Appeal, No. 69, April T., 1957, by employer, from decision of Unemployment Compensation Board of Review, dated December 14, 1956, No. B-43290, in re claim of Earl King. Decision reversed.
John G. Wayman, with him Leonard L. Scheinholtz, and Reed, Smith, Shaw & McClay, for employer, appellant.
Sydney Reuben, Assistant Attorney General, with him Thomas D. McBride, Attorney General, for Unemployment Compensation Board of Review, appellee.
Before Rhodes, P.j., Hirt, Gunther, Wright, Woodside, Ervin, and Watkins, JJ.
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The claimant King registered for work and filed an application for benefits for the week ending January 19, 1955. His claim was denied by the bureau on the ground that the work stoppage was the result of an industrial dispute within § 402(d) of the Unemployment Compensation Law, 43 PS § 802. The referee reversed the bureau on the testimony of the claimant alone. One year later, after hearing the employer's witnesses, on a remand order of the board, the referee reinstated his original decision and order of April 14,
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, awarding benefits as claimed. On the employer's appeal from that order the board made new findings but nevertheless affirmed the decision of the referee and allowed the claim credit.
Claimant King was a coal miner employed by the Crucible Steel Company at its deep coal mine at Crucible, Pennsylvania. He was also the chairman of Local No. 4731 of the United Mine Workers of America, which was the bargaining agent for the workmen in the mine. On January 10, 1955 two coal miners were assigned to work as cutters at a "place" in the mine known as "6-E Straight." The two men refused to cut the coal as directed by their boss because there was no "crib supporting the roof of the place. Their superior, an assistant foreman, referred their complaint to the mine foreman and also to the mine safety supervisor both of whom, when they visited the place, found it safe and they so advised the men. One of the two men, according to the testimony, admitted that the roof was safe but refused to work as directed saying that they would be fined by their union if they cut the place without a crib (which we understand to be a roof support built up of large solid blocks of wood). The men were then sent to the mine superintendent and when they persisted in the stand they had taken, they were discharged by him. The third coal miner, here involved, refused to operate a loading machine, the same day, saying that he would be fined by his union if he worked without a helper. The testimony is that a helper was not necessary on this loader and never had been supplied. This man was not discharged; he left the mine and was presumed to have quit. Shortly thereafter the other coal miners walked out and by mid-afternoon all had left their jobs in the mine. The 3:00 o'clock shift did not report for work. On the next day, January 11, 1955, the State Mine Inspector, at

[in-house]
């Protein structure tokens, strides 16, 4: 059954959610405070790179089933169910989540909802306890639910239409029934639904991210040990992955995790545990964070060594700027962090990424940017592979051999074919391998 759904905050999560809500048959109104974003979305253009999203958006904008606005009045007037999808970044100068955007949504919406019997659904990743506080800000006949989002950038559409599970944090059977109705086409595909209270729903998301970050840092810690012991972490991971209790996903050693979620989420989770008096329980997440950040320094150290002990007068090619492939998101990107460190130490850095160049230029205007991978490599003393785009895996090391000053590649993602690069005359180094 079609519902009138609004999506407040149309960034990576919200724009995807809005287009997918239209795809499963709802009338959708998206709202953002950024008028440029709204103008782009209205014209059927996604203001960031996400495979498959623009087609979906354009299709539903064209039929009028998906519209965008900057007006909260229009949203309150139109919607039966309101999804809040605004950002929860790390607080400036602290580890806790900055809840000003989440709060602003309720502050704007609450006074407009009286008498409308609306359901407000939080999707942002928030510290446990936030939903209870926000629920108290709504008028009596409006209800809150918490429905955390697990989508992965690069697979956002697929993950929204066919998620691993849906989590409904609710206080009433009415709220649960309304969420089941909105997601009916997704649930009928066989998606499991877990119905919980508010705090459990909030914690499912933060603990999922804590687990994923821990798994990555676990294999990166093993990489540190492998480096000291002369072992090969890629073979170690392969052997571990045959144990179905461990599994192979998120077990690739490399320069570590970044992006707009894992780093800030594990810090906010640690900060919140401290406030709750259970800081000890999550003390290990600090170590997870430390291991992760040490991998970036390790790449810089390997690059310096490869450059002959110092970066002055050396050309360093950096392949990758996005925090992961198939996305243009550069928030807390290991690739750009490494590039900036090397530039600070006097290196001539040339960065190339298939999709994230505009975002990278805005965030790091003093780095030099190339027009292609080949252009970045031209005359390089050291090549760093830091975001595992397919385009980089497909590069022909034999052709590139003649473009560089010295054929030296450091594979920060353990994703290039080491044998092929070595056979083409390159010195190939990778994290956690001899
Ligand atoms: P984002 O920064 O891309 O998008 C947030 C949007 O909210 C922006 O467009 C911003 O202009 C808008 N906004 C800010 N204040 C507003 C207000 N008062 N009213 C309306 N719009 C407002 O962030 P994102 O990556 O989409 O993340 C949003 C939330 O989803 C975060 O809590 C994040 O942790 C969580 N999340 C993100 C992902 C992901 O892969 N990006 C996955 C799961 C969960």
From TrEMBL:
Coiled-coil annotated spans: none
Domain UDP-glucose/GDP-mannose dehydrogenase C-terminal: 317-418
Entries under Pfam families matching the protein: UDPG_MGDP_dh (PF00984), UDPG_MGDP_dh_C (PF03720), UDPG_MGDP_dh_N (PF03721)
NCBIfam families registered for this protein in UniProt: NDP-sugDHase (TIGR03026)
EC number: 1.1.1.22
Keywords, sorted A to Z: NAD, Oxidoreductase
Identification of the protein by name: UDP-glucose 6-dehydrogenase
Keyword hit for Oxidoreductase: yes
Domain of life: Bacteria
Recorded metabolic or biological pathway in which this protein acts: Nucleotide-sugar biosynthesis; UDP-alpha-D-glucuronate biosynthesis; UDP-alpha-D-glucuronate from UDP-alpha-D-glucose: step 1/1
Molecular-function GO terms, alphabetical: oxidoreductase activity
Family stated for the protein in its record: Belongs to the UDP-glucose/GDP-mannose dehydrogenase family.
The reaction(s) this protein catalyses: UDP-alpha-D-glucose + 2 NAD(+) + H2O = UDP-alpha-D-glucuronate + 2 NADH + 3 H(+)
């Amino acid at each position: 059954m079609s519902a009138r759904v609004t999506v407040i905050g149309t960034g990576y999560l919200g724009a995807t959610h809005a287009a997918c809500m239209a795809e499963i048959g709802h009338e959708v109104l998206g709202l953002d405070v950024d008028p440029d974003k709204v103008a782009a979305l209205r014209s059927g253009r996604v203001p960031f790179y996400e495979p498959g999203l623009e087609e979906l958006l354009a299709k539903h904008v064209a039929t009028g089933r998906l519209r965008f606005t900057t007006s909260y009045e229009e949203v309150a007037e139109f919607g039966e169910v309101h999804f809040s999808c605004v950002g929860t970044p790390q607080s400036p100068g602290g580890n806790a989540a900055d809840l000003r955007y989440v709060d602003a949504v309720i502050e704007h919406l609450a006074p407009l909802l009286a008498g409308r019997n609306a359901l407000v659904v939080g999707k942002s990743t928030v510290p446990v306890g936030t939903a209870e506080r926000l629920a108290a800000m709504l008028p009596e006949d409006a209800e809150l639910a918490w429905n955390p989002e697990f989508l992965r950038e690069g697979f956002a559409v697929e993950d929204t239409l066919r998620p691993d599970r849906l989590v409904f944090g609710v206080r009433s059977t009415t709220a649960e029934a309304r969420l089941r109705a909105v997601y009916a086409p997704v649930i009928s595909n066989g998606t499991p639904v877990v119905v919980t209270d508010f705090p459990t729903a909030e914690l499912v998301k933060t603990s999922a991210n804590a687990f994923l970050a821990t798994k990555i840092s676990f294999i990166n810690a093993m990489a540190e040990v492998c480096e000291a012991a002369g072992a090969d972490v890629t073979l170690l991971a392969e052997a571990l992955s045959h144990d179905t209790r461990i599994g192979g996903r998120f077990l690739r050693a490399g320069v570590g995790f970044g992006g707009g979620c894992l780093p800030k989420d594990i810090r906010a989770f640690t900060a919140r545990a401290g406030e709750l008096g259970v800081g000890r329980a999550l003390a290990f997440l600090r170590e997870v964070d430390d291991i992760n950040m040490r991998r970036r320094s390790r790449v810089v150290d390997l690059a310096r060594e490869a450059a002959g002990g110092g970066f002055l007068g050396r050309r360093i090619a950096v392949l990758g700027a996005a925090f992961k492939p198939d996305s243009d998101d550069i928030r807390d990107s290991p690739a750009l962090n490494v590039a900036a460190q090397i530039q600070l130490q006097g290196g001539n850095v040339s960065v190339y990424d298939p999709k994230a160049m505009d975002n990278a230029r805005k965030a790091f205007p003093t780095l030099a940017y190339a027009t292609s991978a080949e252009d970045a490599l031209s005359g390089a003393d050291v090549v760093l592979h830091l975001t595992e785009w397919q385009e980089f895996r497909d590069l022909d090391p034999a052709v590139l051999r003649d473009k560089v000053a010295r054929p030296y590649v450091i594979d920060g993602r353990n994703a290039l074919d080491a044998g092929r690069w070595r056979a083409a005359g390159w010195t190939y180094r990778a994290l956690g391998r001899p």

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dispute, into a lock-out, under § 402(d) supra, which would entitle all striking employees to unemployment benefits.
The statute law on the subject of safety in mines in Pennsylvania is contained in the Act of June 9, 1911, P.L. 756, as amended, 52 PS § 701 et seq. The Federal Coal Mine Safety Act of May 7, 1941, as amended, 66 Stat. 710, 30 U.S.C.A. §§ 451-483 contains provisions similar to those of our State Act, including the inspection of coal mines by designated officials to obtain information relating to health and safety conditions in the mines. These statutes place the responsibility for the safety of a mine upon the mine superintendent and upon the foreman and all other persons under him. Even if the superintendent had made the statement attributed to him, his arrogation of authority could not have taken from the workmen any of the remedies provided by the above statutes. Moreover the Bituminous Wage Agreement which was in effect at all times was material to the case. Accordingly the effective contractual remedies therein provided were available to the union. This was admitted by a district official of the union who said: "We have the machinery to take that grievance up." The contract between the union and the employer in this instance bound them to comply with both the Federal law and the mining law of this State. The union, therefore, instead of ordering a work stoppage could have come into equity as an additional or alternate remedy to compel compliance with the ...